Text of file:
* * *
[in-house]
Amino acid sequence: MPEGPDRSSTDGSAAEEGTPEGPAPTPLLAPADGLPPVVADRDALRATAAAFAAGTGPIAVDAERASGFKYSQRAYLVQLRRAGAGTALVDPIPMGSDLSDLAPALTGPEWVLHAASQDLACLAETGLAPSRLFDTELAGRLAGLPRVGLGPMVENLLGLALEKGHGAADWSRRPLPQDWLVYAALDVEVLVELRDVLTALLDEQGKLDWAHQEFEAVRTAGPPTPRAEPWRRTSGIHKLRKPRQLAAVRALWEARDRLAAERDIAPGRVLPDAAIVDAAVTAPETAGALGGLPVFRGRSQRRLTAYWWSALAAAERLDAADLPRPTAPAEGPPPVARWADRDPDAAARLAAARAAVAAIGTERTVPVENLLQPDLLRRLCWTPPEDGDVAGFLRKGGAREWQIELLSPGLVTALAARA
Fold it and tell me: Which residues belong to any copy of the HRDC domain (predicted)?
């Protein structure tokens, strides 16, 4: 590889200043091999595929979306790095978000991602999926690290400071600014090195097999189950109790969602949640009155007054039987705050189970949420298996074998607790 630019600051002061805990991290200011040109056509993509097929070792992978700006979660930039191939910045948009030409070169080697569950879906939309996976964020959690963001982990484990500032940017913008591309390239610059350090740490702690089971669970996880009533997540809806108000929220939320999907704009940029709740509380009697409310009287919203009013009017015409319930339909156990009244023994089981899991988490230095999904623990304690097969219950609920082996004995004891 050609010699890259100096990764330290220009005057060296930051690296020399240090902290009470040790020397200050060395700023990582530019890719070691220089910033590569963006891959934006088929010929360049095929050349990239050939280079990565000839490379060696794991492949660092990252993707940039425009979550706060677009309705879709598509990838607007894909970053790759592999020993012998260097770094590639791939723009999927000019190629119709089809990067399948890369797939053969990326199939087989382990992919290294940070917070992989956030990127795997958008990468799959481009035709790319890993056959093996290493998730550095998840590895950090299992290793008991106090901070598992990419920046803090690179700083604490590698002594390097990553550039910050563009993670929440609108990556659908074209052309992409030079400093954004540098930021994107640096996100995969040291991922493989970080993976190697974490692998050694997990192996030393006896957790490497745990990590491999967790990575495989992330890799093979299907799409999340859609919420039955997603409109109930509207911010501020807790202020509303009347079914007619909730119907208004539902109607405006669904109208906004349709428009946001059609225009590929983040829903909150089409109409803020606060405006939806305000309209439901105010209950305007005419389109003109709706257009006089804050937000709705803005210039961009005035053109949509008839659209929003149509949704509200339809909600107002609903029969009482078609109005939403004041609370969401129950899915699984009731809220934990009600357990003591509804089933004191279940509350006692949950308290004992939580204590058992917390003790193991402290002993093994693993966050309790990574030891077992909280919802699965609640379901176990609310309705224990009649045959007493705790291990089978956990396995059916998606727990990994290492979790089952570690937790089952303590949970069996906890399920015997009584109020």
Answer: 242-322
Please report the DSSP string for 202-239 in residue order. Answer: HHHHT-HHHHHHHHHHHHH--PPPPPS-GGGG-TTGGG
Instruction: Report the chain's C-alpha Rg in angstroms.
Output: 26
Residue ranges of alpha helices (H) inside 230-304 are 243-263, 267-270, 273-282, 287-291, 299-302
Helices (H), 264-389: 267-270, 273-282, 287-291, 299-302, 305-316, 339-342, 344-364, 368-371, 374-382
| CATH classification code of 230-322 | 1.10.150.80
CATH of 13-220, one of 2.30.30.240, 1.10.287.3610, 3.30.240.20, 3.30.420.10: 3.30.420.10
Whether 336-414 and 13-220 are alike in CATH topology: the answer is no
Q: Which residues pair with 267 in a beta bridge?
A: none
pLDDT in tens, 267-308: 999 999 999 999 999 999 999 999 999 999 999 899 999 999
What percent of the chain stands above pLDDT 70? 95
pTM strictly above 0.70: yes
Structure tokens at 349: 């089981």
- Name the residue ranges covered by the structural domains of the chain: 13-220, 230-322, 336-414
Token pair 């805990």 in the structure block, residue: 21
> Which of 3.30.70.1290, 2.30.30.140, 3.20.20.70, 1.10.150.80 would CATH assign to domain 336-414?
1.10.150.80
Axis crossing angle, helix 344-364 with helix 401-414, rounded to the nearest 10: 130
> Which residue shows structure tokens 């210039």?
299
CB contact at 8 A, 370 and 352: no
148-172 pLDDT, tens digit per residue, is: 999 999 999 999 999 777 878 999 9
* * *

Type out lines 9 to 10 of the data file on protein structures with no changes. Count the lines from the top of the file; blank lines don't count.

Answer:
Residue ranges of alpha helices (H) inside 230-304 are 243-263, 267-270, 273-282, 287-291, 299-302
Helices (H), 264-389: 267-270, 273-282, 287-291, 299-302, 305-316, 339-342, 344-364, 368-371, 374-382